My philosophy as a music educator is simple: anyone can experience music. I think experience is an important word here because to each individual it is going to be different. For example, some people experience music by hearing it, or by playing it. But what about feeling it, moving to it, responding to it? I think it can be easy to assume that hearing music or playing music are the only ways, but what if a student can’t hear, or can’t grip a mallet? What if a school does not have instruments? This can not mean their experience of music is over, or even limited.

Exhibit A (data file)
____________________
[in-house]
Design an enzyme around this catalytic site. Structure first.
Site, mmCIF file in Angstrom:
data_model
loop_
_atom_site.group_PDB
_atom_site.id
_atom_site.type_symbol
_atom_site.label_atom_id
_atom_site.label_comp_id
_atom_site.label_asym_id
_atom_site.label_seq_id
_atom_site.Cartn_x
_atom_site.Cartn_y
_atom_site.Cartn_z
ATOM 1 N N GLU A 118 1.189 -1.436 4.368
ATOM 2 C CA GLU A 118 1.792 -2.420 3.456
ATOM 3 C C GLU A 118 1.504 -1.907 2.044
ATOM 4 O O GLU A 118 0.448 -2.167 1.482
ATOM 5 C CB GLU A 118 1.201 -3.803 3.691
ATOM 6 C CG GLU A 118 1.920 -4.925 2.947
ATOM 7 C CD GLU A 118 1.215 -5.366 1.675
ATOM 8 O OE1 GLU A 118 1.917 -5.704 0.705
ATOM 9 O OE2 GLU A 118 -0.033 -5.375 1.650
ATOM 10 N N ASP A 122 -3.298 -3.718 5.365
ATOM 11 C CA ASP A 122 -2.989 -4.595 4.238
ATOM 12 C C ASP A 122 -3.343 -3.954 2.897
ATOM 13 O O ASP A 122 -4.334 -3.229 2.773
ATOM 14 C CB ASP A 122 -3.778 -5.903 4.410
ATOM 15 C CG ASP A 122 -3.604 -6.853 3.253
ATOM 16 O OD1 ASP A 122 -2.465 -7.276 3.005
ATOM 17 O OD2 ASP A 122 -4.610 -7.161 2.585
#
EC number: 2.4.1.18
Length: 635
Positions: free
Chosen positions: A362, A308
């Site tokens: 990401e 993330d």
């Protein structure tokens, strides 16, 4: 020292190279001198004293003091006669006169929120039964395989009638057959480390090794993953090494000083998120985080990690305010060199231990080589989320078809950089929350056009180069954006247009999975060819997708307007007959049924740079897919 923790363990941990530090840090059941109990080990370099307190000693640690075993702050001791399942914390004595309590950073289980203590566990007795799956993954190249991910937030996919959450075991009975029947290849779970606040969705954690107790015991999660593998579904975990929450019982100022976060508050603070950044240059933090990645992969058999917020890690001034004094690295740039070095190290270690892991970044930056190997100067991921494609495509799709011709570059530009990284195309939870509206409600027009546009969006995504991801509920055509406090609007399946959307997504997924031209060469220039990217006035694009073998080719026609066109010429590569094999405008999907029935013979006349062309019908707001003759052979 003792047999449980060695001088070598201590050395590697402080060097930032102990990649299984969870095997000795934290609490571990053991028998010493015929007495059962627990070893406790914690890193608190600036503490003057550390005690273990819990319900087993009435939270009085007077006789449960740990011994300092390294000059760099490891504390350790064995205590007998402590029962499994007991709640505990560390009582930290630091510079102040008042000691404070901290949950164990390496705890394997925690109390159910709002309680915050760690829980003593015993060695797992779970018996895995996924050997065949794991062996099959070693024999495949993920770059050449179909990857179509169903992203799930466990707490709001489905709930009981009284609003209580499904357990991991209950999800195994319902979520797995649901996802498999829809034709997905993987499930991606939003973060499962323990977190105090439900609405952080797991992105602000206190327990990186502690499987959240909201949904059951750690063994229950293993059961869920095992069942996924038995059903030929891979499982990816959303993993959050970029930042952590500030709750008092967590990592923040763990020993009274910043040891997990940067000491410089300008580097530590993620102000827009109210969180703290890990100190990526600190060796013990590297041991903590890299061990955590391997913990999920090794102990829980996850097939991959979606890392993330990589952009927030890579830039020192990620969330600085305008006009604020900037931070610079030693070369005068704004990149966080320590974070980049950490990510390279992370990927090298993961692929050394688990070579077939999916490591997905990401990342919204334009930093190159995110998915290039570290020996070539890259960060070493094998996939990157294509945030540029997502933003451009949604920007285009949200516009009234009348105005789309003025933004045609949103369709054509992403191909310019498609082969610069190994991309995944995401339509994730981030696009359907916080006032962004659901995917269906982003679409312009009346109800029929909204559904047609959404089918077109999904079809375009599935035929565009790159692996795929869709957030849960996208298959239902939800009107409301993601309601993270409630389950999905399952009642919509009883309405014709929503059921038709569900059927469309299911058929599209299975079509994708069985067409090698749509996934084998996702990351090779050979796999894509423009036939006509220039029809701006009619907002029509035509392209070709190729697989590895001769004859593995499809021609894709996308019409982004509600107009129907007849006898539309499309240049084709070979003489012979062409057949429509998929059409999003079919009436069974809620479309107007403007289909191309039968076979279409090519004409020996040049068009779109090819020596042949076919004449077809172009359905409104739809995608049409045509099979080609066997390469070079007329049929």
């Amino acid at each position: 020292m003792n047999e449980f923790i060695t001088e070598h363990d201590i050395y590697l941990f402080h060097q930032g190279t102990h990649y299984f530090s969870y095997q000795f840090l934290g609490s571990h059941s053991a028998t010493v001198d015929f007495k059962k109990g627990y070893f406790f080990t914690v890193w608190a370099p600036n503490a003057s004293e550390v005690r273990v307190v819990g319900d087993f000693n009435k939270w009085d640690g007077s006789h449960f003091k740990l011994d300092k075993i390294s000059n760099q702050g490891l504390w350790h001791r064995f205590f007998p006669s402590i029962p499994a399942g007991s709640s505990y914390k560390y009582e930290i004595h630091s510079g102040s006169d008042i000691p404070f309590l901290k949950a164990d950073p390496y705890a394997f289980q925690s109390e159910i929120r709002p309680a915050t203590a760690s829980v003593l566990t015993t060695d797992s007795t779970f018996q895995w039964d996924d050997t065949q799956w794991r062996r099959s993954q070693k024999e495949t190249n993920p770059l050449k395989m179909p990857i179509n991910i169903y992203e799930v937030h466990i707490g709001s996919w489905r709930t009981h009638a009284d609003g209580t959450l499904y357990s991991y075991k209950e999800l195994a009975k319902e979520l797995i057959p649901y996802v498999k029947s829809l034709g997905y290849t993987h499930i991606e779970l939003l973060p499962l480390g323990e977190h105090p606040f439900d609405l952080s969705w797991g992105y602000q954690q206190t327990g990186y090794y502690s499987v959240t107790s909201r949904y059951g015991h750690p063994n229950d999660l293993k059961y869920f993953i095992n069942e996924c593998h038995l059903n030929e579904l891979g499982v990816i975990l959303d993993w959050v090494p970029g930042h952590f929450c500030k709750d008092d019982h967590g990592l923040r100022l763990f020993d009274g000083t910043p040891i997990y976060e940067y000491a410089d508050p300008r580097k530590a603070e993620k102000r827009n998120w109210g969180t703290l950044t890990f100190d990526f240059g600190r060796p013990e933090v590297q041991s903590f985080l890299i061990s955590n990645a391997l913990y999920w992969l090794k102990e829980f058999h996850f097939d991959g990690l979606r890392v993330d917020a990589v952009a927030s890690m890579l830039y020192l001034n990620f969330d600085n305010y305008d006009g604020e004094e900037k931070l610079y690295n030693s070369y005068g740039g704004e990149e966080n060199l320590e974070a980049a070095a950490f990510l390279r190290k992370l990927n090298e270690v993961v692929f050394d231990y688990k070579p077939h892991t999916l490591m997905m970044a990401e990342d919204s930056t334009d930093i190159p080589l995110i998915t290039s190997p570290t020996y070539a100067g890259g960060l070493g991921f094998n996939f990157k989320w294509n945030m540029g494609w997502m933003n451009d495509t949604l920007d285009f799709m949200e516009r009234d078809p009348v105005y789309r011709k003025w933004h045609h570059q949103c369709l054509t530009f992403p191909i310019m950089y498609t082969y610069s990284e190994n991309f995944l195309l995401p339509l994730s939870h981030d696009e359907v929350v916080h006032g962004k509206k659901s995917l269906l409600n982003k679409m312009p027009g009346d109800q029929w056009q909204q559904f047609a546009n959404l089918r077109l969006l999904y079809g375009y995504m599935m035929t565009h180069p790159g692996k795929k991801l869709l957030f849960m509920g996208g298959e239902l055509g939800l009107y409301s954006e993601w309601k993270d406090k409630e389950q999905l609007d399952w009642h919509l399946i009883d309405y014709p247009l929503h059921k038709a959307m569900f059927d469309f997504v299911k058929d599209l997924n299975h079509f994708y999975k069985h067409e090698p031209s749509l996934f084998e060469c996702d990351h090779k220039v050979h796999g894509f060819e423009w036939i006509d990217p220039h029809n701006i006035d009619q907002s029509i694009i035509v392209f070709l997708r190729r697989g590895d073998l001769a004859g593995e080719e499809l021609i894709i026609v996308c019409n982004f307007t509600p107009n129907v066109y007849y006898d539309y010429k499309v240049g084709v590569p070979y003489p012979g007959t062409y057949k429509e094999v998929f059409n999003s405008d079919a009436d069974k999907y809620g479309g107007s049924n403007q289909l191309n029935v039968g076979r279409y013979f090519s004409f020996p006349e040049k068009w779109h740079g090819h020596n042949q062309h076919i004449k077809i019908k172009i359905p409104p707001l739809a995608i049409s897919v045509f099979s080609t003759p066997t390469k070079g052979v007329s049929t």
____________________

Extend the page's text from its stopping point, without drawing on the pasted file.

In the summer of 2017 I began my Orff training. The Orff approach offers multiple ways to experience music before even touching an instrument. In addition, when student teaching, I learned much about the Kodaly method from my cooperating teacher. The Kodaly method is another way for students to experience music, as it guides them to musical literacy. I incorporate both approaches in my classroom to give my students a variety of ways they engage in music.

In addition, I maintain a learning environment where students feel safe to grow and explore as life-long learners. My goal is to help students develop into sensitive, thoughtful, and compassionate individuals. For me, music is the tool through which I teach these concepts.